So we mostly hear about the generally negative nature of the stats surrounding the formation of new businesses, particularly Small to Medium Enterprises (SMEs) which are essentially the backbone of any strong and thriving economy, but how about we flip the script this time and discuss the other side of the coin? We’ve distilled some data, which admittedly is publically available, but it takes a bit of doing to interpret it in a way that presents some of the positives to draw out of the manner in which newly-formed businesses develop.
So as much as most SMEs fail within the first 1-3 years, we’ve drawn some of the main pointers which come together to make up the anatomy of those which typically succeed.
A good core product or service offering
While in this day and age things don’t quite “sell themselves” anymore, you definitely need a good product or service to make up your core offering. This gives you a fighting chance at survival at worst and at best it gives you the chance to thrive. Successful SMEs simply have a good core product or service offering.
This is one element which forms part of the anatomy of a successful SME often hidden from sight; because it’s not something which is ordinarily spoken about or identified as a key ingredient in the operation of a business that will go on to succeed. And leverage doesn’t necessarily have to exist in the pure monetary sense, like it would in the financial industry.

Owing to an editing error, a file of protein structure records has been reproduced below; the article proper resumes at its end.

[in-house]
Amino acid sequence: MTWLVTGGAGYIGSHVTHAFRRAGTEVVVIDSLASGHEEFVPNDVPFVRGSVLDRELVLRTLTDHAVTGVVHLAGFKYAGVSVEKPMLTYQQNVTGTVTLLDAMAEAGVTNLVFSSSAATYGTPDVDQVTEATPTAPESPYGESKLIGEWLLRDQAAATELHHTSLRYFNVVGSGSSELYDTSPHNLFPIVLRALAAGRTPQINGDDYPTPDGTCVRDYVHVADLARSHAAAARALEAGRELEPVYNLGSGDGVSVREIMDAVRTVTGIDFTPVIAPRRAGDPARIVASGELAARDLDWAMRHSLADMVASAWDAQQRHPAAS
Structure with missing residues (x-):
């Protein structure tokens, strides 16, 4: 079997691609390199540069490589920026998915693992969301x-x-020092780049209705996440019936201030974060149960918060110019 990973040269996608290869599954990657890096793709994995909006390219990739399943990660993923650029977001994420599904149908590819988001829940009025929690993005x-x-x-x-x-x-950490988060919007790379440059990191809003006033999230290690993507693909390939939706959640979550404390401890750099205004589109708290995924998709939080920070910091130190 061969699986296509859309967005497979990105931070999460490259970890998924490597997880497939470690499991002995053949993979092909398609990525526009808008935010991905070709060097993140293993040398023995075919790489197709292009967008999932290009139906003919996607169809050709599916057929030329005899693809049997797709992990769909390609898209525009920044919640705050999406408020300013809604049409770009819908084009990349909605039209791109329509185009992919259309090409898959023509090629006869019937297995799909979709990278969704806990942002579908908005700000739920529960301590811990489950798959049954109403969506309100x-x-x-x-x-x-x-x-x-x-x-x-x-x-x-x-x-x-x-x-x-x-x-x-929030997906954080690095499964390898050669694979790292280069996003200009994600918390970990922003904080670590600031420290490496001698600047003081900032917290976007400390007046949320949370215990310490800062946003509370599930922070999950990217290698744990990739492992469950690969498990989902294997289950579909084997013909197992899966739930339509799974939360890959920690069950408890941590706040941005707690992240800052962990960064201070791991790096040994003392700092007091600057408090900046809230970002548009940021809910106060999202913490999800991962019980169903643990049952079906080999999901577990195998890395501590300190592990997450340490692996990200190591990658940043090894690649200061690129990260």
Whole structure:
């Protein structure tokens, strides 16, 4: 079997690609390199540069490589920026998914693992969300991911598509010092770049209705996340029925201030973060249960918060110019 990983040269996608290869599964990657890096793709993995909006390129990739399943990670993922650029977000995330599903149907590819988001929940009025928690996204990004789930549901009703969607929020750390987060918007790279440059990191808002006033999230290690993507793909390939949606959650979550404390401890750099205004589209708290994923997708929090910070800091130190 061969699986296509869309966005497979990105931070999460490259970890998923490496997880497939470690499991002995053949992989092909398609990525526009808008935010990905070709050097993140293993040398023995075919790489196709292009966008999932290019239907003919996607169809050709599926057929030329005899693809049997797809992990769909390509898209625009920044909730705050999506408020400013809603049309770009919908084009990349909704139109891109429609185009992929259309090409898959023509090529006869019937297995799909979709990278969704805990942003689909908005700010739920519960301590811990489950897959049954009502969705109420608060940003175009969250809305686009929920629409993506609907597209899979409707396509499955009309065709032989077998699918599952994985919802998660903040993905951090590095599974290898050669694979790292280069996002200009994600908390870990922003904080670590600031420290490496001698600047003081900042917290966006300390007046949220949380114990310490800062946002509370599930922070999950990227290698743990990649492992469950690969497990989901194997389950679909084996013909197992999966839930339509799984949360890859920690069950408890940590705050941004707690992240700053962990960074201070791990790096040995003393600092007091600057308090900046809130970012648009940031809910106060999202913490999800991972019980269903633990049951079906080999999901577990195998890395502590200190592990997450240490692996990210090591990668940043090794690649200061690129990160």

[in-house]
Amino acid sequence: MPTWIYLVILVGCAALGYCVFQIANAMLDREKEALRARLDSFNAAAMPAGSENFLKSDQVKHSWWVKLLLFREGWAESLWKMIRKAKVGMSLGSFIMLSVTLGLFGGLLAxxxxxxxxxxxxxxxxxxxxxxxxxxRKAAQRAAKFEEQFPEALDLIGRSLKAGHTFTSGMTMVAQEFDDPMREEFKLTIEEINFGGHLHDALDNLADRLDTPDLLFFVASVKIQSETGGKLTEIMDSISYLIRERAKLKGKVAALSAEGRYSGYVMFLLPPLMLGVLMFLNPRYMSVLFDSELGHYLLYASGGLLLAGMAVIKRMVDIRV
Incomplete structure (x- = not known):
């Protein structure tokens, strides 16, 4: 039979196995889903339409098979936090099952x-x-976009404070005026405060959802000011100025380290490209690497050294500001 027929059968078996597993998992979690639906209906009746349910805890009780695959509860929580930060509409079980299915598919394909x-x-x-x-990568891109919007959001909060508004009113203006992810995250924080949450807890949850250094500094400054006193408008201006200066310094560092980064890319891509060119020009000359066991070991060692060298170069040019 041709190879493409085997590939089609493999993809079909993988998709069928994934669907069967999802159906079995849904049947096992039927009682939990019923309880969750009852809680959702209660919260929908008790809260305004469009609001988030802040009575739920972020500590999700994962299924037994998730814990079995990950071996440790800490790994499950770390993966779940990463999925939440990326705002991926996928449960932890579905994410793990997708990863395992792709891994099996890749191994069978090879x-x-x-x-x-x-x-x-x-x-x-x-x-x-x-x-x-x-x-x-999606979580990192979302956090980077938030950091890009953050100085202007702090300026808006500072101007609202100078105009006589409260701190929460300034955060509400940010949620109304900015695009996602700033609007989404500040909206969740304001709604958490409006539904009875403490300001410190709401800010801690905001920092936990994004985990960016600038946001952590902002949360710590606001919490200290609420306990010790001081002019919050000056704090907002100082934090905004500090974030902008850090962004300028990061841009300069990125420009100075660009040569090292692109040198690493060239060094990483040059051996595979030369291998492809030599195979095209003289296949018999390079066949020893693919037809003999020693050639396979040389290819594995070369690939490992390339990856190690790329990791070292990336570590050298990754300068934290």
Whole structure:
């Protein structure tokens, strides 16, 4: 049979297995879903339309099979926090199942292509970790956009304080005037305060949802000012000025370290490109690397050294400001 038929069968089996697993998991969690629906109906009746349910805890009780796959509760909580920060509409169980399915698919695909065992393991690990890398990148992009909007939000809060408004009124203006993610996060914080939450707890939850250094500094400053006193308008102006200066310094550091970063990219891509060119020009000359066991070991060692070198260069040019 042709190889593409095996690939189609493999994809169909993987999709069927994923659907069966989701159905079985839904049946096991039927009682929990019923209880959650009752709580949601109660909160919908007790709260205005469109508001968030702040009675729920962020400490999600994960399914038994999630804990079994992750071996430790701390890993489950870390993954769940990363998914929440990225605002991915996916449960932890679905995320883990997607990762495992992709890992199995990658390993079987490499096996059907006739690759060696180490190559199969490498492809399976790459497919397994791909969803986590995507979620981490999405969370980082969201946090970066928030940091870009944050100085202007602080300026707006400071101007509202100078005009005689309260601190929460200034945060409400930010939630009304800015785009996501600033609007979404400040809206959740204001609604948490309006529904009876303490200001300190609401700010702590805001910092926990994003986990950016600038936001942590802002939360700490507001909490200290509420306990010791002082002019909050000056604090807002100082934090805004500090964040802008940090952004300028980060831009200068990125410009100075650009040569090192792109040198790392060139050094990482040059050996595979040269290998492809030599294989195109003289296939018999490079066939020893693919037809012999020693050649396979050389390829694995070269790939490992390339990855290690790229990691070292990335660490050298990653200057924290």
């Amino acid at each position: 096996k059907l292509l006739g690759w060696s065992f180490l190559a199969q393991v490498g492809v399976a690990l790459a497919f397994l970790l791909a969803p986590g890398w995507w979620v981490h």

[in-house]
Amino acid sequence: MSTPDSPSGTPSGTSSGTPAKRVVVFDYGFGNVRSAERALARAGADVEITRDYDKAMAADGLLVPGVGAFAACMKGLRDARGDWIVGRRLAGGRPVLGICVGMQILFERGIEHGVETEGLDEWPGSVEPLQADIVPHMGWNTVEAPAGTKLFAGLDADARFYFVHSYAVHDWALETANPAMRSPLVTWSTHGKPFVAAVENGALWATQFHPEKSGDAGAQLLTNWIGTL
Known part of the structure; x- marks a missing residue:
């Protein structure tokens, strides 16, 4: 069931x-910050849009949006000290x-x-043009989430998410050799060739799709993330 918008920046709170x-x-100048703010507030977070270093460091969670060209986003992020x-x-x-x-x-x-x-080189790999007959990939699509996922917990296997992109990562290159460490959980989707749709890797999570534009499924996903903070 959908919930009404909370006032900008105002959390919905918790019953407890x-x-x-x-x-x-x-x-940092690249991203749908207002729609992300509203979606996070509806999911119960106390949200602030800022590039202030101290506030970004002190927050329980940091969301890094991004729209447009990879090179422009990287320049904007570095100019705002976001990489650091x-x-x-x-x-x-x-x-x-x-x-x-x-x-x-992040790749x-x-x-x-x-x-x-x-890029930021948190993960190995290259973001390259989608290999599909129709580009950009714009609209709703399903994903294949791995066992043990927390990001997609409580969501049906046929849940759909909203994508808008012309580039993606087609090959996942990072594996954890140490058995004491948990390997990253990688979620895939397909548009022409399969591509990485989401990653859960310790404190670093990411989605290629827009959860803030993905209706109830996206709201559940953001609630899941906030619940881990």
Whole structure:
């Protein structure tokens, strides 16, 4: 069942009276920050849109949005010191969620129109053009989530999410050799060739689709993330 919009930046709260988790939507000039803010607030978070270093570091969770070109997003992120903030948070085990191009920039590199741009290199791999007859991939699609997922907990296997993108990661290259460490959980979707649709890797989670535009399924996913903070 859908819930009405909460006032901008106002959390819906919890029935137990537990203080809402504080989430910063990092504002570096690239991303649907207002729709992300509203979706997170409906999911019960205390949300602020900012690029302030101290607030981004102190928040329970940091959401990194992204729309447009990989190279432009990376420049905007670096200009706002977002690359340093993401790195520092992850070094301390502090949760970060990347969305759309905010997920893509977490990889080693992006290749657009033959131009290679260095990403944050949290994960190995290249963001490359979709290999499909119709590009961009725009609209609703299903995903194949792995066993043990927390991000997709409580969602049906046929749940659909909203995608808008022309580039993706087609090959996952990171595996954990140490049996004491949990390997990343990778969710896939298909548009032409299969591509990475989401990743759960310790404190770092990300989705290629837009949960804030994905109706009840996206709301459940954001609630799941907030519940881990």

If for example you’ve established a good relationship with a supplier of some raw materials you use to manufacture or produce your final product, being able to take delivery and pay for it later is a form of leverage.
Effective market targeting
This perhaps goes back to having a good core product or service as part of your offering. Nothing sells itself these days, no matter how good it is, so the successful SMEs have simply mastered the art of effectively targeting the right market with their offerings.
There is not much to this requirement as part of what it takes to make up the anatomy of an SME which goes on to realise some success. Good management is a requisite, which simply means as the major decision-makers of the business you have to take responsibility.
Certain things that must be done must simply get done, but that doesn’t mean you’re always going to make the right decision. The key to success is getting it right more times than you get it wrong.
Good record-keeping as part of the anatomy of a successful SME is applied to both the financial dealings as well as the core operations. With the former, the most effective and cost-effective way would exist in the form of very simple yet intuitively complete solutions such as The Business Backer, which by the way is web-based and free, while the latter’s complexity largely just depends on the line of business in which you’re operating.
Either way, keeping accurate records of the business’s data is often the major key to success.